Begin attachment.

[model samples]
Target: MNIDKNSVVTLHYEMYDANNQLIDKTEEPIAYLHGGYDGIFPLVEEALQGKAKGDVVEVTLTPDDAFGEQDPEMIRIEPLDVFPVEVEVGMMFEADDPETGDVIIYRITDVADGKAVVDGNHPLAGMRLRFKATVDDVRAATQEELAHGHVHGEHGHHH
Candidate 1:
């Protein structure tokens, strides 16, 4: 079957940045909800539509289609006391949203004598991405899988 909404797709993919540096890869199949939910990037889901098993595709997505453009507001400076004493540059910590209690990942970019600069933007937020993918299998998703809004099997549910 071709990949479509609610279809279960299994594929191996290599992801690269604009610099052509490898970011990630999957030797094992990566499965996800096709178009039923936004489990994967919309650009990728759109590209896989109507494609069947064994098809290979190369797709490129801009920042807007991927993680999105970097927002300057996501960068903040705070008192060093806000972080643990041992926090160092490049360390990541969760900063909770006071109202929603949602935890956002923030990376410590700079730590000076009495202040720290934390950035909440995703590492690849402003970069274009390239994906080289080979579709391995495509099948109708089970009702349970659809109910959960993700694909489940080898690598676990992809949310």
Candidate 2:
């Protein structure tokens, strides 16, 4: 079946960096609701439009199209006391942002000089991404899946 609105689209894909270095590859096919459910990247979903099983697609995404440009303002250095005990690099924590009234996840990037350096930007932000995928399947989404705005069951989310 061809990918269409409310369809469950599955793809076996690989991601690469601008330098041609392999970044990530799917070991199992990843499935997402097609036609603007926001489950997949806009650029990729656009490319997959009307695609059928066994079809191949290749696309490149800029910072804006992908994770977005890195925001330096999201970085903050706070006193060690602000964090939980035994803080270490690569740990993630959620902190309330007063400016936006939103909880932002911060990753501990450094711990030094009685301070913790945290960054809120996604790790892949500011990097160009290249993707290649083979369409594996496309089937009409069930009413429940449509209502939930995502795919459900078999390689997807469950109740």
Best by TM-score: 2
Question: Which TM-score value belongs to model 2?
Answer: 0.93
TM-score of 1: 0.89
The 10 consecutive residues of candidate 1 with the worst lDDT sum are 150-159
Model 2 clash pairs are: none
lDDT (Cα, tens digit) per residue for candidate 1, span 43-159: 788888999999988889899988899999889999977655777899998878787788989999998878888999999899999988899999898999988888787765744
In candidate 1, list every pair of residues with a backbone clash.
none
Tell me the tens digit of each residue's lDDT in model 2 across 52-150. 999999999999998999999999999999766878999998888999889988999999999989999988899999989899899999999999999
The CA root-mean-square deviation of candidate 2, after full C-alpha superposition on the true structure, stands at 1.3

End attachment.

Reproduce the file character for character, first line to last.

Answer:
[model samples]
Target: MNIDKNSVVTLHYEMYDANNQLIDKTEEPIAYLHGGYDGIFPLVEEALQGKAKGDVVEVTLTPDDAFGEQDPEMIRIEPLDVFPVEVEVGMMFEADDPETGDVIIYRITDVADGKAVVDGNHPLAGMRLRFKATVDDVRAATQEELAHGHVHGEHGHHH
Candidate 1:
């Protein structure tokens, strides 16, 4: 079957940045909800539509289609006391949203004598991405899988 909404797709993919540096890869199949939910990037889901098993595709997505453009507001400076004493540059910590209690990942970019600069933007937020993918299998998703809004099997549910 071709990949479509609610279809279960299994594929191996290599992801690269604009610099052509490898970011990630999957030797094992990566499965996800096709178009039923936004489990994967919309650009990728759109590209896989109507494609069947064994098809290979190369797709490129801009920042807007991927993680999105970097927002300057996501960068903040705070008192060093806000972080643990041992926090160092490049360390990541969760900063909770006071109202929603949602935890956002923030990376410590700079730590000076009495202040720290934390950035909440995703590492690849402003970069274009390239994906080289080979579709391995495509099948109708089970009702349970659809109910959960993700694909489940080898690598676990992809949310």
Candidate 2:
């Protein structure tokens, strides 16, 4: 079946960096609701439009199209006391942002000089991404899946 609105689209894909270095590859096919459910990247979903099983697609995404440009303002250095005990690099924590009234996840990037350096930007932000995928399947989404705005069951989310 061809990918269409409310369809469950599955793809076996690989991601690469601008330098041609392999970044990530799917070991199992990843499935997402097609036609603007926001489950997949806009650029990729656009490319997959009307695609059928066994079809191949290749696309490149800029910072804006992908994770977005890195925001330096999201970085903050706070006193060690602000964090939980035994803080270490690569740990993630959620902190309330007063400016936006939103909880932002911060990753501990450094711990030094009685301070913790945290960054809120996604790790892949500011990097160009290249993707290649083979369409594996496309089937009409069930009413429940449509209502939930995502795919459900078999390689997807469950109740």
Best by TM-score: 2
Question: Which TM-score value belongs to model 2?
Answer: 0.93
TM-score of 1: 0.89
The 10 consecutive residues of candidate 1 with the worst lDDT sum are 150-159
Model 2 clash pairs are: none
lDDT (Cα, tens digit) per residue for candidate 1, span 43-159: 788888999999988889899988899999889999977655777899998878787788989999998878888999999899999988899999898999988888787765744
In candidate 1, list every pair of residues with a backbone clash.
none
Tell me the tens digit of each residue's lDDT in model 2 across 52-150. 999999999999998999999999999999766878999998888999889988999999999989999988899999989899899999999999999
The CA root-mean-square deviation of candidate 2, after full C-alpha superposition on the true structure, stands at 1.3